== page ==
All participants were suspicious about digital communication. The only strategy would be not to use digital communication and content oriented systems. They were not surprised of the employees outcome- she should have known better .

Scenario (storytelling) test: High Context and Face-Negotiation Theory


High Context- A society that has a collective mindset and non verbal communication between members of a group that share the same inexplicit rules of engagements
..

(Hall, 1976)

All the participants Face Negotiation strategies were not of digital engagement.

(Ting-Toomey, 1998)

RESEARCH CONCLUSIONS: Lack of trust might be strengthened by cultural dissonance on interface & HCI design
The participants might be on the road to social exclusion due to Functional Digital Illiteracy.

CAUSED BY:
The participants resist to acquire new knowledge concerning no leisure activities because of:
Lack of trust and cultural habits and values. Local designers are not taking into consideration cultural habits & digital gaps concerning technology. The lack of contextual research - local industry or Government only uses quantitative research, they might be wrongly led to believe that access is = to comprehension.

POSIBLE REASON OF THIS BEHAVIOR


Cultural habits and values can make some aspects of digital literacy optional (not being perceived as required skills to be part of the community). UX & HCI Design can be dissonant to local users cultural habits, beliefs and motivations.

POSIBLE EFFECT OF THIS BEHAVIOR


The participants behavior can compromise their multiliteracy skills needed to navigate critically to other social domains through digital communication technology, both as workers and citizens. Therefore, they might be more vulnerable to coercion and manipulation by unethical business and dubious political ventures. This in turn, makes them more distrustful of technology.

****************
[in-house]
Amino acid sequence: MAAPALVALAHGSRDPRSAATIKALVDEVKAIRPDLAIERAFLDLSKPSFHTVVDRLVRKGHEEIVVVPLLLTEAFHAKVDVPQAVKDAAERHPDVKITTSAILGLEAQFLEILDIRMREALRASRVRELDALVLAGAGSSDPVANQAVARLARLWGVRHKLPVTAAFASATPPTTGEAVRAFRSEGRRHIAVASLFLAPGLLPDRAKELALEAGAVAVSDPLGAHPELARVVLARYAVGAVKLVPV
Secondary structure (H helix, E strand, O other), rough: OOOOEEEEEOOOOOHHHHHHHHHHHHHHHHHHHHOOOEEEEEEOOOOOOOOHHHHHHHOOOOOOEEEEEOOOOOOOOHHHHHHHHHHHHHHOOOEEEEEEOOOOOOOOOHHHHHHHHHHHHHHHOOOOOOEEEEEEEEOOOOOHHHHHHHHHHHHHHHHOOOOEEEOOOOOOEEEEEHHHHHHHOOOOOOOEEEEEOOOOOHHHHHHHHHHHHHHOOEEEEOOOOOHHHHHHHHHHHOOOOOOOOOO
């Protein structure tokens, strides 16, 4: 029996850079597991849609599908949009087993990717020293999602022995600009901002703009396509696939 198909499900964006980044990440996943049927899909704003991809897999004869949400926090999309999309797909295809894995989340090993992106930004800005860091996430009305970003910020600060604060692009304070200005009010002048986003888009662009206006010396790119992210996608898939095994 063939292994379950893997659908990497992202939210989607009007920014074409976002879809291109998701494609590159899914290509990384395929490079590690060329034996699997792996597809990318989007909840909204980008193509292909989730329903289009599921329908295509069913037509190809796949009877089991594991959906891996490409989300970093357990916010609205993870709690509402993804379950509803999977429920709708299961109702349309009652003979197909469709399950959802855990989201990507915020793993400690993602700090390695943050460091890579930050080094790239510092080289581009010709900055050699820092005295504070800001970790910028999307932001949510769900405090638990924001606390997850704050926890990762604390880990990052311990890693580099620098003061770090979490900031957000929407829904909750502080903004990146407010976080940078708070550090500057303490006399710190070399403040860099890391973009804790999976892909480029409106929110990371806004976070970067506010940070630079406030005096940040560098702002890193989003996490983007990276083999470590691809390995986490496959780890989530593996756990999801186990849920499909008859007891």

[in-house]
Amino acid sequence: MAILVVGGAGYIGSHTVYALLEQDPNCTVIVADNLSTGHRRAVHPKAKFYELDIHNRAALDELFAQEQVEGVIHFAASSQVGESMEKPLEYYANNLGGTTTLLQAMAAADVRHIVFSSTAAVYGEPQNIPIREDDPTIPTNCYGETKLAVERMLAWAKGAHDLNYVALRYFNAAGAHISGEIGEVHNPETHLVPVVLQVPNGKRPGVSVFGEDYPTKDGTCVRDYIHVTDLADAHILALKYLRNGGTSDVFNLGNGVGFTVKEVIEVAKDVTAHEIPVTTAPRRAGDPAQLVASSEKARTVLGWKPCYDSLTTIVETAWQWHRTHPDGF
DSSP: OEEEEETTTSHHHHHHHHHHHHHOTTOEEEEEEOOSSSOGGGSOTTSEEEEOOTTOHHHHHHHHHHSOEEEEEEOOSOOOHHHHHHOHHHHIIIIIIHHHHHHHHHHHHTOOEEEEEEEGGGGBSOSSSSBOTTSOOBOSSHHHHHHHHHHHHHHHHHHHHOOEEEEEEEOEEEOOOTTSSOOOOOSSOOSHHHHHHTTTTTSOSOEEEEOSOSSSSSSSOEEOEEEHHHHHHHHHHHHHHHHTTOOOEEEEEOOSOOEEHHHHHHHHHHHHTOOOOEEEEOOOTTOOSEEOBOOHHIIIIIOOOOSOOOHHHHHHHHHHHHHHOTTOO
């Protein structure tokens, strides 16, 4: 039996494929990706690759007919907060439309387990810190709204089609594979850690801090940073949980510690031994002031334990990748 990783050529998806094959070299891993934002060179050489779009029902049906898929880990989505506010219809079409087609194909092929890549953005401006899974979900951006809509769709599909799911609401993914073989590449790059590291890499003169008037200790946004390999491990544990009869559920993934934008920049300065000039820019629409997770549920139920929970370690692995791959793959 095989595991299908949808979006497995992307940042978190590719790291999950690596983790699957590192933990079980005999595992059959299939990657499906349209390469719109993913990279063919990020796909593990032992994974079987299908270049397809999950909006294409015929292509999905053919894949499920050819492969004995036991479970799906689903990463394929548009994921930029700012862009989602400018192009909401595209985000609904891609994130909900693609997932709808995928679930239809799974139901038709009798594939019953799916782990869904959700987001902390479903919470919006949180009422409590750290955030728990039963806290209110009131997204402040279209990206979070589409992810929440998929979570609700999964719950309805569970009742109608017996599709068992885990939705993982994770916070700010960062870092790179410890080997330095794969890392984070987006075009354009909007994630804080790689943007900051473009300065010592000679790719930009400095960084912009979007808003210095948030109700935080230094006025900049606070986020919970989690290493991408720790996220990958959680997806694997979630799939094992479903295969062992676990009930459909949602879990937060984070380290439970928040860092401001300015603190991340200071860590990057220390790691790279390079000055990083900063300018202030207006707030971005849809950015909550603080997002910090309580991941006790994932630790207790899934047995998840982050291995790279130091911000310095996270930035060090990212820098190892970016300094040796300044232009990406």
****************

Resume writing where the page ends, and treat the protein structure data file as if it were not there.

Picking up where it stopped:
OUR RECOMMENDATIONS: For Further Contextual Research in the Caribbean

Cross and intercultural design and its impact on digital literacy.

OUR RECOMMENDATIONS Further Contextual Research

UX designers role in digital literacy (their beliefs, motivations, cultural habits and how it interferes in their methodologies).

OUR RECOMMENDATIONS Further Contextual Research

Correlations between digital literacy and social inclusion as of way to strengthen the social contract in post-capitalism (Drucker, 1993) societies.

New questions: Competitive Glocally?

BALANCE & NEGOTIATION


We have found in our practice that there is a need for a balance between international standards and inter/cross cultural approaches. To be competitive in todays global market, not incorporating successfully the Mobile Web Best Practices can be detrimental to an Apps success. Successfully negotiating glocally can be a challenge by itself.

New questions:

WHO IS RESPONSIBLE FOR DIGITAL LITERACY?


The role of value driven designers is very important when establishing the scaffolding of a network society that may strengthen liberties and rights. The responsibility of digital literacy education that takes into account cultural behaviors is not exclusively the designers, but one to be shared with clients, users and all members of the community.